Author: Joseph Correia, Principal Consultant
In early 2009 it was announced that Exchange 2010 now had "built-in" archiving. This generated a lot of interest and excitement. Based on the information from Microsoft, it would appear that your archiving needs will be addressed by Exchange 2010, so why not put your plans on hold until you can upgrade or migrate to 2010?
Some of the benefits expected to be provided by Exchange 2010 archiving are elimination of PSTs across the organization, integrated user search of both active mailbox and archive mailbox, simple archival and deletion policies from Microsoft Records Management, multi-mailbox search for e-discovery, roles-based access control, and drag & drop access to your personal archive.
At first pass, it appears that most of the basic features you need in an archiving solution have been covered in Microsoft's first attempt with 2010, and I expect that they will improve the offering going forward. However, with only these features available, Exchange 2010 is probably only a good fit for small to mid-size businesses - those primarily concerned with archiving to eliminate PSTs and enable some form of search without implementing any additional software.
A deeper look at the native Exchange 2010 archiving functionality shows some significant issues that you should think about before proceeding. With Exchange 2010 archiving, mailbox database sizes are dramatically increased due to archived data being stored in the same database as the mailbox itself and the elimination of single instance storage (SIS). Other shortcomings include:
- Outlook 2010 is required to enable archiving
- eDiscovery searches are limited to the Exchange Organization
- There is no legal hold for Public Folders
- Archive access is not extended to cache mode
- There is no stubbing of messages.
Expanding on these points a little more, storing archive data in the same mailbox database as the user's mailbox means that your Exchange Server storage is not being reduced. The elimination of SIS further increases the likelihood that database sizes will increase going forward.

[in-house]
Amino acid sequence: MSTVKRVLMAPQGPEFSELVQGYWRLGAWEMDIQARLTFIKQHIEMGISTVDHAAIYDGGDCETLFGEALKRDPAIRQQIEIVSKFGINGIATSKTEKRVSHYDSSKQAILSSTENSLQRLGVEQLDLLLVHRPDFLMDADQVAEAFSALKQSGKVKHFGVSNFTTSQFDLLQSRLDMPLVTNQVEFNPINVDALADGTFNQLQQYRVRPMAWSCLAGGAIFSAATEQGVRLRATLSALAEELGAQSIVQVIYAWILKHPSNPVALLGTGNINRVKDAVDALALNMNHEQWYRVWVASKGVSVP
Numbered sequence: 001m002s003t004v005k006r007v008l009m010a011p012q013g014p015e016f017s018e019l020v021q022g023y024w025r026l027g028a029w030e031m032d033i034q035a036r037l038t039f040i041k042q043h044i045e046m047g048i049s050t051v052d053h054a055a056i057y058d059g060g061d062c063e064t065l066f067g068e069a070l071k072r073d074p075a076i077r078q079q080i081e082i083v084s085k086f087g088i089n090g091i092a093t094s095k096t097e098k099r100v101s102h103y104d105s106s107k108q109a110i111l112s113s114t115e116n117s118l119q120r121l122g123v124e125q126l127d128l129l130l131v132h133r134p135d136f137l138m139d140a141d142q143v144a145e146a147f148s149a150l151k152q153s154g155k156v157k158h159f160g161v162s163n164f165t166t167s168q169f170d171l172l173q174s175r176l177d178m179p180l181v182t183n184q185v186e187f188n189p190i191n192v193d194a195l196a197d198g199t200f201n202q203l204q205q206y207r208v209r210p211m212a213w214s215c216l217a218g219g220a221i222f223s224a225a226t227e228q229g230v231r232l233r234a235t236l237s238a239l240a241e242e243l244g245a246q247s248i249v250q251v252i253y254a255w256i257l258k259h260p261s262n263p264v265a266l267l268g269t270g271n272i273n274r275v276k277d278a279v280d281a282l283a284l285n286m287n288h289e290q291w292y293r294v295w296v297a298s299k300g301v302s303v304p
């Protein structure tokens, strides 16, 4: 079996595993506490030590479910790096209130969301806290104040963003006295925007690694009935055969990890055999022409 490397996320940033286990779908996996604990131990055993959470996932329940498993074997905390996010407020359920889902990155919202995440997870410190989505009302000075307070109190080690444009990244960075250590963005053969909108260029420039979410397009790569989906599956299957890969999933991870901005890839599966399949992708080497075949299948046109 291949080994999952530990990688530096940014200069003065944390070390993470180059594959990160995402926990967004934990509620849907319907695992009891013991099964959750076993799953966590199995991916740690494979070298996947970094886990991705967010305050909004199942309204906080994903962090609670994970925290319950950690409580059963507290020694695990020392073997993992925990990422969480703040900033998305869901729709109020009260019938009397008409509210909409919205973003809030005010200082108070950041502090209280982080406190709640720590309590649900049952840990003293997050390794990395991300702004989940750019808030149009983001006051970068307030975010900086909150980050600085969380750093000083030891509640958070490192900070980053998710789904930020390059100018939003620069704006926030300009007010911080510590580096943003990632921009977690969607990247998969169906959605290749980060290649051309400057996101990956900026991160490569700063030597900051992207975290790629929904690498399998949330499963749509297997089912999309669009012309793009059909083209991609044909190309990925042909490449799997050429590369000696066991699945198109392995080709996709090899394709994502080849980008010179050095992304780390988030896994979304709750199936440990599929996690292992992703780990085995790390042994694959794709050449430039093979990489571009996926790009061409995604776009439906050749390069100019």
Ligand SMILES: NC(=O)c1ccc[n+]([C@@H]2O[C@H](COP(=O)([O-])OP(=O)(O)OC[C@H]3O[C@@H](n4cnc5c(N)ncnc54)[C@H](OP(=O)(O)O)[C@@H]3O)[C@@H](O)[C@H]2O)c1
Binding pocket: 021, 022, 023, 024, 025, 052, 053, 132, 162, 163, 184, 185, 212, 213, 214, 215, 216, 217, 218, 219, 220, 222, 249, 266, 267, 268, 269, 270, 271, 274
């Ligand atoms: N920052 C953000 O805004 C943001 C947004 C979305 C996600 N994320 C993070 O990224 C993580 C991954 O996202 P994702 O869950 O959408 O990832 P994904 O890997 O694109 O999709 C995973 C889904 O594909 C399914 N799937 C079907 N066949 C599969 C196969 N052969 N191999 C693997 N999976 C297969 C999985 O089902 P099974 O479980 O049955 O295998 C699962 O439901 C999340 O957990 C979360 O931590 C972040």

In addition, moving to Outlook 2010 is no simple task, as anyone who has been through an application rollout realizes. Furthermore, eDiscovery searches are limited to the Exchange organization and cannot be performed across multiple organizations thus rendering the search incomplete and somewhat indefensible in a courtroom.
So IMHO, Exchange 2010 archiving in its current iteration will likely not fit the needs and requirements of many companies that have even moderate amounts of messaging data. Mid-size to large customers will want to archive other data types (file system, Instant Messages, SharePoint) along with e-mail and require strong eDiscovery capabilities across those realms, let alone require a reduction of storage use at the archive.
Some questions you should be asking yourself before implementing archiving:
1. Why are you going to implement archiving? Is it for storage management, eDiscovery, compliance, all of the above?
2. How long will you be required to retain data within the archive?
3. How does the archiving solution scale?
4. If you currently have a 3rd party archiving solution how will it integrate or coexist?
5. What does the proposed solution give me? (For instance, storage reduction, eDiscovery capabilities, enhanced mobility, improved backups, improved DR, etc.)